India: Tamil Nadu: Villupuram: Thiruvakkarai Fossil Wood Park

Reblogged from My Travelogue,

By Bhushavali

I’ve been to tree parks and I’ve been to national parks. But National Fossil Wood Park? Yup, there is one, and I recently ventured there.


Well, Thiruvakkarai houses two things. One, a temple, the Chandramouliswarar temple, and another, the Fossil Wood Park. This time I went to the park.


What exactly is a fossil wood park? Long, long ago, once a upon a time, about two million years ago, our great great grandparents, as stone age men, chopped wood. Wood means not branches and twigs, I’m talking about huge, wide, tree trunks! Some which were even 30meters long and 1.5 meters in diameter. I dunno what they used it for. But then, along the river, these tree trunks got buried in the course of time.


Over time, the organic matter inside them got replaced by silica and they got fossilized. They retained their color and shape and texture, but got rock solid! Some were very interesting. See the above photo. Doesn’t the texture look like the ‘Om’ symbol?


The best part is that you can still see the annular rings, the texture, colors of the layers, nodes, everything… It looks so much like wood, but feels like stone!


In technical terms, they are the Mio-Pliocene Sedimentary rocks. These rocks here are called Cuddalore sandstone formations. Around 200 such tree trunks have been found in this region in an area that covers 247 acres. All such fossil woods have been collected from various places in the surroundings and placed here in an open air museum kinda set up.


The European naturalist M. Sonneret was the first one to document the existence of such trees here in this region in 1781. Presently, this is maintained by GSI, the Geological Survey of India!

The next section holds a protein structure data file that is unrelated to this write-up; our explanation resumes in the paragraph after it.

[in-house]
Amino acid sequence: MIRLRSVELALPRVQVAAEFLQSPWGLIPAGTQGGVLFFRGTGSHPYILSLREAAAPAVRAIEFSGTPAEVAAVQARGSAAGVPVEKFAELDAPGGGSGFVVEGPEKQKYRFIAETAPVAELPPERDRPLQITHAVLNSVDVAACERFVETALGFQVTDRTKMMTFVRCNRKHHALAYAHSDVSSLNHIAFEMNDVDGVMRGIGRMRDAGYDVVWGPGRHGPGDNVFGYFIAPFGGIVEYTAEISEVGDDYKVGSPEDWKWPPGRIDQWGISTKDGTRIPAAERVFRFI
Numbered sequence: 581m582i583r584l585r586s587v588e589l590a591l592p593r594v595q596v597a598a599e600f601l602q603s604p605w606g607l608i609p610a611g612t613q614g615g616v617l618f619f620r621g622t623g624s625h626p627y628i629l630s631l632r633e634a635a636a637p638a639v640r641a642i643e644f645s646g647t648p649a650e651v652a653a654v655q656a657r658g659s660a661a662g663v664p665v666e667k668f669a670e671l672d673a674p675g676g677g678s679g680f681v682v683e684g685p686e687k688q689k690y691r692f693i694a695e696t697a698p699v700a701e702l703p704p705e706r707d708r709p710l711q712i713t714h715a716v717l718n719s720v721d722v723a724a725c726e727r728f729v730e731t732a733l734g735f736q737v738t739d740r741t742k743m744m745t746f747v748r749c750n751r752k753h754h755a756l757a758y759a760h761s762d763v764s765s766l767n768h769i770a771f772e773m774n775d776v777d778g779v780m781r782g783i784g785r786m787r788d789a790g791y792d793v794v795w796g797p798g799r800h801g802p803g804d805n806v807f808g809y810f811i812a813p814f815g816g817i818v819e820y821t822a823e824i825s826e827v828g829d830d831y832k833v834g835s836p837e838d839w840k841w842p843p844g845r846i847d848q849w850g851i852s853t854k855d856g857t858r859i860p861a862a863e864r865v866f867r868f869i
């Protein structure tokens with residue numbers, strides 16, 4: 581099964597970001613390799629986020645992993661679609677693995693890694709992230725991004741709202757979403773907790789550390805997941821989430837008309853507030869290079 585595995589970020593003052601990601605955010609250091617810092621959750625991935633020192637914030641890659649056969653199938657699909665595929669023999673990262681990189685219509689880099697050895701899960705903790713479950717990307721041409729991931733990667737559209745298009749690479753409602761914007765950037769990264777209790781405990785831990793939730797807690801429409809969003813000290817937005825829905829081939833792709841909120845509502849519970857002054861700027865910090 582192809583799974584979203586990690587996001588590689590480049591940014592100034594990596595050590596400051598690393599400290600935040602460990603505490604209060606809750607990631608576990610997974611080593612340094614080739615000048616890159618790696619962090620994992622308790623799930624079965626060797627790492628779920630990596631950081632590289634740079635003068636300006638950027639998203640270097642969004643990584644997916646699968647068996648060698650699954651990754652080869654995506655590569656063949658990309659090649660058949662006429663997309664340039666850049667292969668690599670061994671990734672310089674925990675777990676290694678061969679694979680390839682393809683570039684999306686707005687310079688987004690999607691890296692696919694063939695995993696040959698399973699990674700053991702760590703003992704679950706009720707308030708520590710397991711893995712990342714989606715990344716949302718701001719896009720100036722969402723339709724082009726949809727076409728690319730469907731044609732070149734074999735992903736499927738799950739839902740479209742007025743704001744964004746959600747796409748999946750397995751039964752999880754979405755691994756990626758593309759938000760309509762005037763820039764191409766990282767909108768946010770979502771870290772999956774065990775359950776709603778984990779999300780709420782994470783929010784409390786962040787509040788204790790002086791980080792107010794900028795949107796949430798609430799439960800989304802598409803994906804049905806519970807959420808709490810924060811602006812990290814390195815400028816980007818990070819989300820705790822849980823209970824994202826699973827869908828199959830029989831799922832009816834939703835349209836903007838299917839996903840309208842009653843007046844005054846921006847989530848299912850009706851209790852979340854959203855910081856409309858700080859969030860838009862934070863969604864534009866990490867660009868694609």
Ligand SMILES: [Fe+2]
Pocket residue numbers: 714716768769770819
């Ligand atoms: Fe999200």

Think of it, it’s two million years ago. The trees that were there at that point of time may not even exist today. It’s like a treasury! A particular variety of tree resembled today’s tamarind! Trees were of both Gymnosperm and Angiosperm varieties, meaning that the trees had seeds were of both open and closed varieties.


The place also has a huge central banyan tree which is 300 years old. No, it was not as big as the Sivaranthagam banyan.


But this one too had a little village deity beneath it and some votive figures of horses dedicated to it as well! Also there is a little inhouse gallery that has posters that explain to you all about this natural occurrence!

To reach there is not very easy! The last leg of the journey was rather painful with a very bad road and non-working gps! But thank God for a very helpful local man who was taking his granddaughter on a walk, thanks to the cloudy weather, who actually knew exactly where the park was located. Also thanks to the GSI, from the main road, there were pointers placed approaching the location…


From Pondicherry Railway Station: 28.5km on SH 203.

Its a road parallel to the Pondy -> Villupuram Road. Go straight for about 24 kilometers and then turn right. After 4 kilometers is the destination.

Just before reaching Thiruvakkarai village, a right turn leads to the fossil park. A left turn, a hike up the hill, takes you to the temple.

On Google Maps: 

Dedicated to Venkat

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